NEW DELHI, Aug 27 (Reuters) - India’s antitrust watchdog plans to conduct an assessment of the country’s media and broadcasting sector to ensure that any competition concerns are identified and resolved swiftly, a government document seen by Reuters showed.
The study will be among the first after India’s finance minister last week asked the Competition Commission of India (CCI) to initiate more cases on its own to investigate antitrust practices and conduct market studies.
The study, which a source with direct knowledge of the matter said is not linked to any ongoing investigation, will examine the competition landscape in a sector that includes the likes of Walt Disney’s Star India and India’s Reliance Industries.
India’s vibrant media sector is also crowded with hundreds of television news channels, newspapers and online news websites, which deliver content in various languages.
“This (study) would ensure that new practices and technologies in this dynamic sector, which may be affecting competition adversely, are identified quickly and remedial measures ... are adopted fast,” the CCI said in the document.
The CCI did not respond to a request for comment.
The watchdog is in the process of choosing an independent agency to conduct the study on its behalf, the source said.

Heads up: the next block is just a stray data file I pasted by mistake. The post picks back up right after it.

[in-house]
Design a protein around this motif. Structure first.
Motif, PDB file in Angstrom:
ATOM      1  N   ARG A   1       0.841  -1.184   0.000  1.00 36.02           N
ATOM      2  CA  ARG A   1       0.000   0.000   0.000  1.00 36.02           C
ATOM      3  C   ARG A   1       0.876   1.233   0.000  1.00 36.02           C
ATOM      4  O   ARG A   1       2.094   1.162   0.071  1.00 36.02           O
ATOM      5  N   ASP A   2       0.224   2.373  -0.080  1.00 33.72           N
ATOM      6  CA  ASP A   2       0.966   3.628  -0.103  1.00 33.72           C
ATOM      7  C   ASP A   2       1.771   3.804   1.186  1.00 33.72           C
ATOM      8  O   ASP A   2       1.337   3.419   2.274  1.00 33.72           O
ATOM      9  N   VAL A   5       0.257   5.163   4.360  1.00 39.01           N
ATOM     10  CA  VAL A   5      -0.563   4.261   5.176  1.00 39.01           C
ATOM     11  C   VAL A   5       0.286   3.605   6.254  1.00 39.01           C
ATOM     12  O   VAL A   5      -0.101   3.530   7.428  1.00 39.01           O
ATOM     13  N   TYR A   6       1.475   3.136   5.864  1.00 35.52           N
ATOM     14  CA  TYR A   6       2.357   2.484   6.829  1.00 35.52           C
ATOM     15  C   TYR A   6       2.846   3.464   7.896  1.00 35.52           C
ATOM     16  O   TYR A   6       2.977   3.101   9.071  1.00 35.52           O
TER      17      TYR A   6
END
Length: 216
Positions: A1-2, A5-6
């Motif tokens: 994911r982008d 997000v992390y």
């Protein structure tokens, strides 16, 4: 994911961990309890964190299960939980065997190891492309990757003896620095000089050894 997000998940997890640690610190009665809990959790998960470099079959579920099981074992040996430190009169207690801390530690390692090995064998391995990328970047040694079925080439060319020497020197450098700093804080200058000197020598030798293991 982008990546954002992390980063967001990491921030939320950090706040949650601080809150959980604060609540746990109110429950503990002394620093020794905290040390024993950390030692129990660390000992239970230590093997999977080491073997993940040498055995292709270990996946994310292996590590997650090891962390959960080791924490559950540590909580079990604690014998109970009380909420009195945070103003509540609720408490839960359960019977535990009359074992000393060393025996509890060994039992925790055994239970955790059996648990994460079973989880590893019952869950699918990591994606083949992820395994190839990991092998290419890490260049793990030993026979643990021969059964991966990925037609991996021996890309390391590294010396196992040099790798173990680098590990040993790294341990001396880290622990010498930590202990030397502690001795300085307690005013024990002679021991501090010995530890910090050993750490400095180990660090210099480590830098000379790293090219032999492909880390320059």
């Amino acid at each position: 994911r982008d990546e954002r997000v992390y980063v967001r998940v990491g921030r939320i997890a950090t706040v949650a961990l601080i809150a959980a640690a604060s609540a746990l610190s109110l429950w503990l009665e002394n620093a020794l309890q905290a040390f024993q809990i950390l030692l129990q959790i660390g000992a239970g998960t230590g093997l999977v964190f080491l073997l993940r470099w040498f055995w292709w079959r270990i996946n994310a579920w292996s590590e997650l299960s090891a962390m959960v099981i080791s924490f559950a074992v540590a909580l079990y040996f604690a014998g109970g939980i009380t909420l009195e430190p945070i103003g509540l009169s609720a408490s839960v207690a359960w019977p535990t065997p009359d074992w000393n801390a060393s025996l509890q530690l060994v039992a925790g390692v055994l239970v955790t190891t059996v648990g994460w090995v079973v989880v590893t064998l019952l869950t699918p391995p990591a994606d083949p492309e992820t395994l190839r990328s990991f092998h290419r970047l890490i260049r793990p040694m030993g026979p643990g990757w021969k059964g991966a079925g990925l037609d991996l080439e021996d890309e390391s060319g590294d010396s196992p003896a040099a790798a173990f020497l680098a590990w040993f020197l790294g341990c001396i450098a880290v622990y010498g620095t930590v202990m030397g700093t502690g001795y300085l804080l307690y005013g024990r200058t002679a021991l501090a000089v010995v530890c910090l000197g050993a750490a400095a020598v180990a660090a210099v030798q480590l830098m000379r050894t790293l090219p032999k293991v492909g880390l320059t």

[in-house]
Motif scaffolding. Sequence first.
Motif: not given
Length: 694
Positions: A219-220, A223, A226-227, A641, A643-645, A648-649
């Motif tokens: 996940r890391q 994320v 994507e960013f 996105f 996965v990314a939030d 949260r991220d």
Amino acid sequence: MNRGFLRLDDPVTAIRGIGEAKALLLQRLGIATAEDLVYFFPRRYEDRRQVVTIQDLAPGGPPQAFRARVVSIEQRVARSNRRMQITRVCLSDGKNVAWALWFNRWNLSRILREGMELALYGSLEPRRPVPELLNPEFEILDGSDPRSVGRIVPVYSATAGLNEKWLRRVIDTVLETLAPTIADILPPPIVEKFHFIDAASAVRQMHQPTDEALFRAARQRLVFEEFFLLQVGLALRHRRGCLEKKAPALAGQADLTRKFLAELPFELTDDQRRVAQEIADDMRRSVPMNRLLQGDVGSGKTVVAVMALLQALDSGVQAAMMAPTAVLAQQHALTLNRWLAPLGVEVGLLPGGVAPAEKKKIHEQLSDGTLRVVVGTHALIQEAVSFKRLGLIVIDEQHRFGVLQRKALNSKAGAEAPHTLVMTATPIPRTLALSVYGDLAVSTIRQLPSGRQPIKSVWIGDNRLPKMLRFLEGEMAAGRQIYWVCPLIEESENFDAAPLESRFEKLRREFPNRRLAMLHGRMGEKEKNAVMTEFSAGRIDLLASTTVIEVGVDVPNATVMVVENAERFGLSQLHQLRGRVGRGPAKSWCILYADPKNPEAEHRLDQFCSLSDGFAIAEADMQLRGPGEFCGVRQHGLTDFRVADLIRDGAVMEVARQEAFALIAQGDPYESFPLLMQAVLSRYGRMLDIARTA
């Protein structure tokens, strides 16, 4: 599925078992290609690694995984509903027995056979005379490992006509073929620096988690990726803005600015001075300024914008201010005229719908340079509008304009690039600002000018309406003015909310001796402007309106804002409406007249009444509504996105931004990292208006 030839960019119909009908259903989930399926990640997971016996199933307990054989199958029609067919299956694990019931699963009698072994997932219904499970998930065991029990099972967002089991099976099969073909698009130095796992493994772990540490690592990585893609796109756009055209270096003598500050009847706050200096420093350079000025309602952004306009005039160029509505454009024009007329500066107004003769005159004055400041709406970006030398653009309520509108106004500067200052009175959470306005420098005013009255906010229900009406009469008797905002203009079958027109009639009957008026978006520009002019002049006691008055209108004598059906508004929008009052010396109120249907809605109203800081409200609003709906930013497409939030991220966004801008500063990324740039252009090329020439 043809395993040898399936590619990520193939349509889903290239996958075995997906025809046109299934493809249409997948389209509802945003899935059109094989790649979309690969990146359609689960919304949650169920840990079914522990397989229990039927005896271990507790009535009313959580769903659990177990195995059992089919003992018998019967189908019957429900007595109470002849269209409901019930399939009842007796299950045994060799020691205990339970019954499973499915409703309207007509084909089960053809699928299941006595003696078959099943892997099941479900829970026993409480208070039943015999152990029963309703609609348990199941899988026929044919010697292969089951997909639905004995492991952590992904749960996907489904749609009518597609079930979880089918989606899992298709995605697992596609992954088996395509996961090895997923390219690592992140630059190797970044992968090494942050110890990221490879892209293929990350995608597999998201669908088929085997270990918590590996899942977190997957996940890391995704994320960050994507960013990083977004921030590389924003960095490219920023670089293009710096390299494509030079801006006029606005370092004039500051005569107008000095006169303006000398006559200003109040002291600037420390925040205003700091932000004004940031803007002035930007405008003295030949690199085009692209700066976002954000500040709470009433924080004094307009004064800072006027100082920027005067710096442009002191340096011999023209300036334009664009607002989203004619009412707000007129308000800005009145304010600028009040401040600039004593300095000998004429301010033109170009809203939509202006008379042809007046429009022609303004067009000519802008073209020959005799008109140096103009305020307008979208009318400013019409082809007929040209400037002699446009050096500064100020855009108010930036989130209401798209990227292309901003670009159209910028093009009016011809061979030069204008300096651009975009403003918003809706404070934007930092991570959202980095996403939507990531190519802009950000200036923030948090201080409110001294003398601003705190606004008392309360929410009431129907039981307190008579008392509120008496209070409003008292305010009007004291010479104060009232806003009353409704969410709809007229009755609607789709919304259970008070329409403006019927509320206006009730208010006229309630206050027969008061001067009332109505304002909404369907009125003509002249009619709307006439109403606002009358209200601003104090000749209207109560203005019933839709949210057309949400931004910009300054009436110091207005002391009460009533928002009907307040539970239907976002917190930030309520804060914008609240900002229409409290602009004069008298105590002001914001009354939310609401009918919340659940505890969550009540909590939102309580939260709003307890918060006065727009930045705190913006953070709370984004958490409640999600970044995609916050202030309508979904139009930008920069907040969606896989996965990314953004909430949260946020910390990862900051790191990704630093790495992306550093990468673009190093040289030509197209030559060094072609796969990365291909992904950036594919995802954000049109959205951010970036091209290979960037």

It has already initiated a similar review of India’s booming e-commerce sector, in which foreign players such as Amazon.com and Walmart’s Flipkart operate.
Reuters has previously reported that Amazon and Flipkart are unlikely to participate fully in that study for fear of revealing trade secrets.
Nisha Kaur Uberoi, head of competition law at Indian law firm Trilegal, said such studies will make the CCI better equipped to address competition concerns and speed the approval process in regulatory reviews of mergers and acquisitions.
The assessment of the media and broadcasting sector will seek to assess the regulatory frameworks, ownership patterns and market trends in terms of viewers and advertisers, the 19-page CCI document said.
The study will cover print, electronic and online media, broadcasting companies, content providers and industry bodies, it said, citing the effects of rapid technological change on the sector’s competition landscape. (Reporting by Aditya Kalra Editing by Sanjeev Miglani and David Goodman)
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